Favorites of the Moon

Favorites of the Moon: 30th Anniversary

| August 12, 2014 | 0 Comments

Thirty years ago, a gem of a film called Favorites of the Moon was released to wide international acclaim. The Cohen Film Collection has released the debut of this fairly obscure film on DVD and Blu-ray, finally allowing citizens of the United States to see a remastered version of Otar Iosseliani’s unique, impressive, ambitious, sprawling mosaic of a surreal comedy.

The film follows several characters, with the narrative focal point being two objects: a set of 18th century china and a 19th century painting. Three eras of history overlap from time to time, and seemingly disparate characters interact in various, sometimes extended, ways, usually involving the aforementioned objects. It plays almost like Jacques Tati meets Robert Altman. It’s a total “kitchen sink” film, bursting at the seams with dozens of inspired moments and ideas. The narrative is kind of all over the place—there’s lots of activity, very busy—but it’s highly focused in unexpected ways. There’s an efficiency to every aspect of it, despite its casual strangeness and anarchic nature, everything feels so specific, so controlled: from colors to prop placement to camera movements, etc. It’s a completely original film that’s built from the ground up by something of a visionary, and it unfolds like a carefully structured dream.

The comedy in the film is really surprising, and not in any way an American sense of humor. It’s European absurdity, primarily just observing behavior, but spiking it with comedic left turns that are often funny in their strangeness or simply funny because of circumstance. Nothing is forced, the film flows organically, relishing in human interconnectedness on every level, but hardly ever crowbarring the content to fit that mold. Things just sort of happen, but they happen in a way that is curious enough to keep one’s attention and make one wonder what it’s all about.

What is it about? Well, criminals, prostitutes, inventors, anarchists, thieves, musicians, drunks, beauticians, art dealers, philanderers, entrepreneurs, and plenty more. And those are just the characters. What does it all add up to? Well, that’s a tougher question, and is one that nags at the viewer throughout—and beyond—the viewing. I’ll ultimately leave that up to the individual to decide, but in broad terms, it’s about similarities between people and things throughout history, about what a small world we live in, about how good and bad things happen to good and bad people, and much, much more. It could be seen as cynical, if it wasn’t so embracing of the wonderful insanity of the world.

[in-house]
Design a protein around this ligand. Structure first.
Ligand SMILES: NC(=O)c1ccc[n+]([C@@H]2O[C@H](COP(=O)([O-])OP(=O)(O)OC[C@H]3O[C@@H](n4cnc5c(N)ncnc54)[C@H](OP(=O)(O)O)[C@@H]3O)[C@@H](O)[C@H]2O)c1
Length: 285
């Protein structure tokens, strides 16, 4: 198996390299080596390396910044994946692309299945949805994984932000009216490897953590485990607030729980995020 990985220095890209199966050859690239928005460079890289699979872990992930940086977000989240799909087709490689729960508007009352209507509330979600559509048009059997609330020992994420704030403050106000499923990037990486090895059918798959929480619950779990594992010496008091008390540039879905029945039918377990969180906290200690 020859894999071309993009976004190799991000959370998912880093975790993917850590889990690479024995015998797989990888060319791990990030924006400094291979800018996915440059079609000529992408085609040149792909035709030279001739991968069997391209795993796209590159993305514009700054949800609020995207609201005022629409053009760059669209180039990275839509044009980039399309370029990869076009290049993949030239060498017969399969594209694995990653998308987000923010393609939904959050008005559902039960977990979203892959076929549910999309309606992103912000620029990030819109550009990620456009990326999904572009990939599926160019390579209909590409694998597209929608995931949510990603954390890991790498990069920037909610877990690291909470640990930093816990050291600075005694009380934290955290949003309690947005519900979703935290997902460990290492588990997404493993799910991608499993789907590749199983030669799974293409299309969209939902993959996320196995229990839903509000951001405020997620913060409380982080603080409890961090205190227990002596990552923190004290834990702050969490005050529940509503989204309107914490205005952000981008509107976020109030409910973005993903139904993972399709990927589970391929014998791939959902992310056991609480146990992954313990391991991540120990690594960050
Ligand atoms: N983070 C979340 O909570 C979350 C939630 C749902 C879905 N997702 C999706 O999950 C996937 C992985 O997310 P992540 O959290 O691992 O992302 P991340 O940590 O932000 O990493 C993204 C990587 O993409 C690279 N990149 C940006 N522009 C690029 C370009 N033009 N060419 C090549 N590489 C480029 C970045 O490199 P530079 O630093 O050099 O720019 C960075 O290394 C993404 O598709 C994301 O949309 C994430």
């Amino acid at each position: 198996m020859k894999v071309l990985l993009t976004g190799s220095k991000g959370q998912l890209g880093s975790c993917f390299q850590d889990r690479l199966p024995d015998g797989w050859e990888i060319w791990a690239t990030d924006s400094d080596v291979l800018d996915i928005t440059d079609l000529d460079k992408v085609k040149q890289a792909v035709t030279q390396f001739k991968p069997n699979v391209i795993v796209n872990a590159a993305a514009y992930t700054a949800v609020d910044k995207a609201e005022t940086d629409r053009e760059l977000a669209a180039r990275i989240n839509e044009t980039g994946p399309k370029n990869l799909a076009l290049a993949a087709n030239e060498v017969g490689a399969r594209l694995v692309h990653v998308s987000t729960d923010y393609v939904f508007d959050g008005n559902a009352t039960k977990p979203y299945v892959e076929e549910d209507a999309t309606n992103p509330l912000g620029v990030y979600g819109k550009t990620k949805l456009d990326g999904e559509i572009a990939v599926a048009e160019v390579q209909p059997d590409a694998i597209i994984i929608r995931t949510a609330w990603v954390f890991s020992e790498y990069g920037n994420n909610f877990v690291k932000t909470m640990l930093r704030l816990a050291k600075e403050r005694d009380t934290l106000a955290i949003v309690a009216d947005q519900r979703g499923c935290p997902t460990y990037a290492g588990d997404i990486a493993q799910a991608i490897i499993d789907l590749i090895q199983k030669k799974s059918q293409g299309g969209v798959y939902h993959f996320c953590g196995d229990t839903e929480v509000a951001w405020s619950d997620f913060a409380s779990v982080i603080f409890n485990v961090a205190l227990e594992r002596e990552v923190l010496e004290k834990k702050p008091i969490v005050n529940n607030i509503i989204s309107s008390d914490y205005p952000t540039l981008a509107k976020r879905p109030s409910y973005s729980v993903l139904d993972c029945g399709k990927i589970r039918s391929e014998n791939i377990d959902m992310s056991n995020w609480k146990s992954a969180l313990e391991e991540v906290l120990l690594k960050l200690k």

If you’re wondering why I’ve neglected specific plot details, it’s because this a difficult film to summarize in those terms. It’s understood best by its elements, aesthetics, and technique, and less by what actually happens—at least as far as the real take away is concerned. Sure, there is a plot, but the ingredients surrounding it dominate the movie such that you anticipate the next connecting idea, as opposed to the next part of the story. There are explosions, though it’s not even remotely an action film. There are plenty of criminals, but it’s hardly a crime film. There are musicians—lots of singing, choirs, a string quartet, a punk band—but it’s certainly not a musical. Almost every location is full of unique touches—houses filled with colorful details, tons of paintings, unconventional settings (like a warehouse where they make explosives, for instance), which only adds to its part realism, part surrealism tone. When the time line shifts to previous centuries, it’s silent, grainy black and white footage, while the rest of the film is in color and has sound. It’s definitely greater than the sum of its parts, but its parts keep things thought provoking, visually exciting, and consistently watchable. It needs to be seen by more people.

Favorites of the Moon is now available on Blu-ray and DVD through Cohen Media Group.

 

About the Author:

Studied Film at Eastern Michigan University, the movie store and movie theater he used to work at, on his own, and with friends. Jared is also a playwright, screenwriter, director, short story writer, and essayist. You can read more of his work at two other websites: The Man in the Movie Hat and The Hive Ann Arbor. He lives, works, and walks his dog in the Detroit area, where he's willing to obsessively discuss The Simpsons or the films of Paul Thomas Anderson at a moment's notice.
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